Last April, in Missouri v. McNeely, the U.S. Supreme Court ruled that drawing blood from someone suspected of driving under the influence without his consent requires a warrant unless there are "exigent circumstances." While the decline in blood alcohol levels over time is one factor in determining whether such circumstances exist, the Court said, that concern by itself does not automatically justify warrantless testing. Citing that decision, a Minnesotan named Wesley Eugene Brooks appealed three convictions for driving while impaired, and the Supreme Court instructed the state courts to reconsider his case in light of McNeely. In all three cases, Brooks supplied a urine or blood sample after he was arrested and instructed that Minnesota's "implied consent" law required him to cooperate, that failure to do so would be a crime, and that he had a right to consult an attorney. Instead of evaluating whether exigent circumstances justified compelling Brooks to provide the samples without a warrant, the Minnesota Supreme Court concluded last week that Brooks was never really compelled. Since he consented to all three searches, the court said, there was no need for a warrant.
Justice David Stras, who thought Brooks' convictions should be upheld based on a "good faith" exception to the exclusionary rule, did not buy the argument that agreeing to a search under the threat of criminal penalties constitutes voluntary consent. "It is hard to imagine how Brooks's consent could have been voluntary when he was advised that refusal to consent to a search is a crime," Stras wrote. He cited a 1976 case in which the Minnesota Supreme Court observed that "the obvious and intended effect of the implied-consent law is to coerce the driver suspected of driving under the influence into 'consenting' to chemical testing, thereby allowing scientific evidence of his blood-alcohol content to be used against him in a subsequent prosecution for that offense." At the time, Stras noted, license revocation was the only penalty for refusing to cooperate with a test. Since then, he said, "Minnesota's implied-consent law has become even more coercive because it now imposes criminal liability for test refusal."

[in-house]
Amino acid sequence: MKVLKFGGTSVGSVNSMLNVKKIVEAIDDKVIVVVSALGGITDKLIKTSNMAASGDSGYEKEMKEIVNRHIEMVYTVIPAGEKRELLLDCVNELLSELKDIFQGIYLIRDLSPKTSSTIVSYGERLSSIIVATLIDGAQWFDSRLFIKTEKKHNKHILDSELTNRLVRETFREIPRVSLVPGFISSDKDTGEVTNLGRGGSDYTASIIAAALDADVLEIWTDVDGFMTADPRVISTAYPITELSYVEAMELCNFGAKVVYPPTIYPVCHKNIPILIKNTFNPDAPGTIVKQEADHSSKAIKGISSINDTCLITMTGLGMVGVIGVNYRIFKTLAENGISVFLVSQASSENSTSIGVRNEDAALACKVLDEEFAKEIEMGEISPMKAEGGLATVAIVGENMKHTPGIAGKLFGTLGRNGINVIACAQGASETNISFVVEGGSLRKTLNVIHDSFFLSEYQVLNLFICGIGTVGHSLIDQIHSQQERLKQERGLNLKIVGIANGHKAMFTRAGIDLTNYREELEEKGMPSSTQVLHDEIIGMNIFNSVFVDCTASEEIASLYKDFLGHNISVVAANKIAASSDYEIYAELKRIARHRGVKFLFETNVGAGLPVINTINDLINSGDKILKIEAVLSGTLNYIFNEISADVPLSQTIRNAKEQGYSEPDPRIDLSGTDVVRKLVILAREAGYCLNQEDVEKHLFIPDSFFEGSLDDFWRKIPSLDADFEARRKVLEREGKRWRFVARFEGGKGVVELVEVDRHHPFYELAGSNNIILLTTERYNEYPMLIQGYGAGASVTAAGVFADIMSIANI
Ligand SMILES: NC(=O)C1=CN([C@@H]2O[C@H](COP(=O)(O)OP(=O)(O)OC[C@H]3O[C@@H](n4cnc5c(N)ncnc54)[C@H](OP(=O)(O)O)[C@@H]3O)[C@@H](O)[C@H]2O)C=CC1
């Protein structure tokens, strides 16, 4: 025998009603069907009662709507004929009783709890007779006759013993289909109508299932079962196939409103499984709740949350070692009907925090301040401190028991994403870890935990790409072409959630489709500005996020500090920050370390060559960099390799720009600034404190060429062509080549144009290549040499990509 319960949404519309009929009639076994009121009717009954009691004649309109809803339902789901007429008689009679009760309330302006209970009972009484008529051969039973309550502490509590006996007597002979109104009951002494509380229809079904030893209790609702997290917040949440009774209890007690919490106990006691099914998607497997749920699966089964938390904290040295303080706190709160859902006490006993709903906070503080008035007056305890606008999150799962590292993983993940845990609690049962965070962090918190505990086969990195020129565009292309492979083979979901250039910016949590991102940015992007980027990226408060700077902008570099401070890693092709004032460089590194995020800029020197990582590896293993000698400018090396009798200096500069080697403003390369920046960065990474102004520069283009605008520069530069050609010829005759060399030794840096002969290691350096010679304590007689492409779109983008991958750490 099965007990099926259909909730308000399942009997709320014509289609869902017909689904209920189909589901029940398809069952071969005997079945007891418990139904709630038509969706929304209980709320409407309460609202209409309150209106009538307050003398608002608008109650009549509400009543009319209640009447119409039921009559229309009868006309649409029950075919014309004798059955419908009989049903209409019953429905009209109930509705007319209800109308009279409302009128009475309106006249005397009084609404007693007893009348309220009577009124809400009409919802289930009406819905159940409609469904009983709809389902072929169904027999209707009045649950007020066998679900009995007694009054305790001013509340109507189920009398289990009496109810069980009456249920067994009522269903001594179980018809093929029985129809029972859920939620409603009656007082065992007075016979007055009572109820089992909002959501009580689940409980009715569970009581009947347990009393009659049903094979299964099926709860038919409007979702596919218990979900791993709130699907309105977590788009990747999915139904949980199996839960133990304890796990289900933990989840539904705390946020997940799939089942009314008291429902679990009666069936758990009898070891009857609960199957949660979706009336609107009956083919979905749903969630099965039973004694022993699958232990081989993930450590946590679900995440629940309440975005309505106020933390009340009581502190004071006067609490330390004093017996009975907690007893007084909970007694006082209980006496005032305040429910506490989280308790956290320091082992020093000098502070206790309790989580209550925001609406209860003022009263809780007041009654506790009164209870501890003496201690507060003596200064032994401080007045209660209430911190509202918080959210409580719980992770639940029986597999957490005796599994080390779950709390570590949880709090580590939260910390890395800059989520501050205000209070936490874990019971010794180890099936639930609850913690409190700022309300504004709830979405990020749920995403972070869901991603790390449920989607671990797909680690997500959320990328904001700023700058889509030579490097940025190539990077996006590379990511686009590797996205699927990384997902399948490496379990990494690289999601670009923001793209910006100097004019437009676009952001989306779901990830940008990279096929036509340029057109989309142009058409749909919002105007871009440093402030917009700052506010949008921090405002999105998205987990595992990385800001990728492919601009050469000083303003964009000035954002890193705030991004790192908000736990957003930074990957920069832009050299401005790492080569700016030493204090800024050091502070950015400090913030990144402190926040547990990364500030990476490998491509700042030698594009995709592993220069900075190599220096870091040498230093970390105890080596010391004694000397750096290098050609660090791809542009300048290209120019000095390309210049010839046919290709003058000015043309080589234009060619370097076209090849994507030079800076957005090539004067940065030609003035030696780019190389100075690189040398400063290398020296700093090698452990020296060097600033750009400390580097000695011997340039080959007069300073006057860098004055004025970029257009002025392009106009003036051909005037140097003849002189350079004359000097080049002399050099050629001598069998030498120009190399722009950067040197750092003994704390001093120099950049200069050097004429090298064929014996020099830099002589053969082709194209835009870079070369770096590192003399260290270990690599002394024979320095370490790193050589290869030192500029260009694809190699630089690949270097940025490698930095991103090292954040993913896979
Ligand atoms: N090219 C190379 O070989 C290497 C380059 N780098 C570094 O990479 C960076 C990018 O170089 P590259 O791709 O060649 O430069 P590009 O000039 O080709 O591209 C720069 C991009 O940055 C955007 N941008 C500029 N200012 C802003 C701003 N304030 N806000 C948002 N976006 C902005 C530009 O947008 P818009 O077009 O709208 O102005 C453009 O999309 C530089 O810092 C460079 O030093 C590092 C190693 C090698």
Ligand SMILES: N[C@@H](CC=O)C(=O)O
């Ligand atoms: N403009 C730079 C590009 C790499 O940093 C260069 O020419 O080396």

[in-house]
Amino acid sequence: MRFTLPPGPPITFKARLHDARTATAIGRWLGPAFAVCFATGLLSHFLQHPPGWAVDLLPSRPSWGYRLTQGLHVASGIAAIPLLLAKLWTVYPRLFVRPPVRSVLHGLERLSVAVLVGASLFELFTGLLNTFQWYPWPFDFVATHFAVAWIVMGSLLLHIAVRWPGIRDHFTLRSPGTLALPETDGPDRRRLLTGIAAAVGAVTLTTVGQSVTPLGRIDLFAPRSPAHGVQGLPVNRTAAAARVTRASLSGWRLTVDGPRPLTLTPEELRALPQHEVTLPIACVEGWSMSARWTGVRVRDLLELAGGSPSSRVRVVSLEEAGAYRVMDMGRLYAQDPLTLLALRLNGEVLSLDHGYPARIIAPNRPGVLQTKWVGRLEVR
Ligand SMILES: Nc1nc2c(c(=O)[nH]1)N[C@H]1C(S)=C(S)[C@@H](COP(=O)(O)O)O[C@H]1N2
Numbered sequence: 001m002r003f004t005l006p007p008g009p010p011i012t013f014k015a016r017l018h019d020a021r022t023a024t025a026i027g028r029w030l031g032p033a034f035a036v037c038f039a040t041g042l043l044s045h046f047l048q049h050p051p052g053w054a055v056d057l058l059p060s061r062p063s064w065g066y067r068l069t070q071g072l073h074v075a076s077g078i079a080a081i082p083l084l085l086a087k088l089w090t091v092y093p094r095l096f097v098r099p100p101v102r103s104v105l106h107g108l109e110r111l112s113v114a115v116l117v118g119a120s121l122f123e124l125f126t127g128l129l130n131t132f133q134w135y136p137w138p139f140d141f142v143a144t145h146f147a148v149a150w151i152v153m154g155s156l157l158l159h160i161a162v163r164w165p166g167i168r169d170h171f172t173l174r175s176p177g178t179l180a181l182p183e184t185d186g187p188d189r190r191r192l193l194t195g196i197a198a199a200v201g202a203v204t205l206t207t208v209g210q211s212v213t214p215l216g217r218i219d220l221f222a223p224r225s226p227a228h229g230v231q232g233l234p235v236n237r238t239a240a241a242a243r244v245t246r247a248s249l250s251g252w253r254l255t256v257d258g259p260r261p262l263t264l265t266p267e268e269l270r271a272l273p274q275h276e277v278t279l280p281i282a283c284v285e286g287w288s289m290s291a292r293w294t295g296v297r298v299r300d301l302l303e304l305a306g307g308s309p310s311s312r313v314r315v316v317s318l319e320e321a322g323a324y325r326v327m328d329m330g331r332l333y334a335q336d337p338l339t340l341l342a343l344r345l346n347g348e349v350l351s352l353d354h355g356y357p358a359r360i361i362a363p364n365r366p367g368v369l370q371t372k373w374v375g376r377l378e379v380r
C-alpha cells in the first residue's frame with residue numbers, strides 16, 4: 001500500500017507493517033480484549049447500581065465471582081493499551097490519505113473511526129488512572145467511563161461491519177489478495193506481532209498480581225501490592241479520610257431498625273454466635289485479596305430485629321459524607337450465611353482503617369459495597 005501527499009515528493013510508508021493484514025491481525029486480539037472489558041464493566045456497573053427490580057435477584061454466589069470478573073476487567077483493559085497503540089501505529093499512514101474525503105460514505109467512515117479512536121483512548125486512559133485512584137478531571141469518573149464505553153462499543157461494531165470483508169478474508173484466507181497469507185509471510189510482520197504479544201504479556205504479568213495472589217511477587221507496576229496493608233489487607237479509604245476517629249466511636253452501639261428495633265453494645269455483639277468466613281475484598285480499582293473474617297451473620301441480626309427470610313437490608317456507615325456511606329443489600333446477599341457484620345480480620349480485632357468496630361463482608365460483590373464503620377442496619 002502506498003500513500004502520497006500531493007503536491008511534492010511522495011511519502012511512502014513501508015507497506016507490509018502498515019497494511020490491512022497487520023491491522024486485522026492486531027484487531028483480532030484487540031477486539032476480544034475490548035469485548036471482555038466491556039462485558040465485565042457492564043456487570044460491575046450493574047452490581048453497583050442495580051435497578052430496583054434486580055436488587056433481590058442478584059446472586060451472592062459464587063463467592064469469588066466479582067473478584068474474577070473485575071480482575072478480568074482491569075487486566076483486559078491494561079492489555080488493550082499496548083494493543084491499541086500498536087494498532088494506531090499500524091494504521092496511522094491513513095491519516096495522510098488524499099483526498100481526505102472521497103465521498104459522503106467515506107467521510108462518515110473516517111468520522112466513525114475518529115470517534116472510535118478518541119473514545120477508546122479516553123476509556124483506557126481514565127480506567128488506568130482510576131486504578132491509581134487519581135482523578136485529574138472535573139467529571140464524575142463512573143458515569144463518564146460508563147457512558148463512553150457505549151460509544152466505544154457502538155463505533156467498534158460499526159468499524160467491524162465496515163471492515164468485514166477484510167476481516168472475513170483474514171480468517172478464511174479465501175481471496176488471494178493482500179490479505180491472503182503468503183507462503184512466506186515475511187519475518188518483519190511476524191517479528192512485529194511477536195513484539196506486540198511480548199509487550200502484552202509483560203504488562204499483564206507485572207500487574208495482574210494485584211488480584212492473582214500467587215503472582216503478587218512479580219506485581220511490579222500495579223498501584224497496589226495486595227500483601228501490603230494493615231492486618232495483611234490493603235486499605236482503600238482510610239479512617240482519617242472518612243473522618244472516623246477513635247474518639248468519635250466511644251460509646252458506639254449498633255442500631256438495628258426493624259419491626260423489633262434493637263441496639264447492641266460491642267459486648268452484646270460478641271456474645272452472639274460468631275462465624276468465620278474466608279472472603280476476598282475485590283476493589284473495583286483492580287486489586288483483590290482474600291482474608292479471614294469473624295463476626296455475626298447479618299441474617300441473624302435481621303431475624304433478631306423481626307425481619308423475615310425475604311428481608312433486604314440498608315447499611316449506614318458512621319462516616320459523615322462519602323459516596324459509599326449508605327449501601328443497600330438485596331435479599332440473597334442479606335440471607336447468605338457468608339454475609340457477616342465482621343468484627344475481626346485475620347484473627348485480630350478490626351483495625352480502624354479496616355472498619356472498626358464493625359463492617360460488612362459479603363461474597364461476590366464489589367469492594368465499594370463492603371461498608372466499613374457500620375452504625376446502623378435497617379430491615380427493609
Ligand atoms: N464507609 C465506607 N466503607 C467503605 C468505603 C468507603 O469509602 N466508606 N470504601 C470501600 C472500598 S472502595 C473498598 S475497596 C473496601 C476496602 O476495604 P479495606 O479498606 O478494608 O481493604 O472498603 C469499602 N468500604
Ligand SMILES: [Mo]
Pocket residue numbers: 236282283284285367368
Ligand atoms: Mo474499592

Nonsense, the majority said. After all, Brooks was told he could consult a lawyer, and in all three cases he exercised that right. Never mind that the lawyer's advice seems to have consisted of telling Brooks he had no choice but to cooperate. Since Brooks still could have refused and accepted the legal consequences, the court reasoned, his consent was voluntary. "Consent can be voluntary even if the circumstances of the encounter are uncomfortable for the person being questioned," the court said. "Although refusing the test comes with criminal penalties in Minnesota, the Supreme Court has made clear that while the choice to submit or refuse to take a chemical test 'will not be an easy or pleasant one for a suspect to make,' the criminal process 'often requires suspects and defendants to make difficult choices.'"
Those quotes are from South Dakota v. Neville, a 1983 decision in which the U.S. Supreme Court held that a defendant's refusal to take an alcohol test can be used as evidence against him without violating the Fifth Amendment's ban on compelled self-incrimination—not quite the same as informing an arrestee that he is legally required to submit and will be committing a crime if he doesn't. According to the Minnesota Supreme Court, consent to a search is voluntary even when it is obtained by threat of punishment, as long as the suspect can choose to accept the punishment rather than comply. By the same logic, a suspect who agrees to a search after a cop threatens to beat the crap out of him also has given voluntary consent, because he had the option of taking the beating.
You can read the Minnesota Supreme Court's decision here.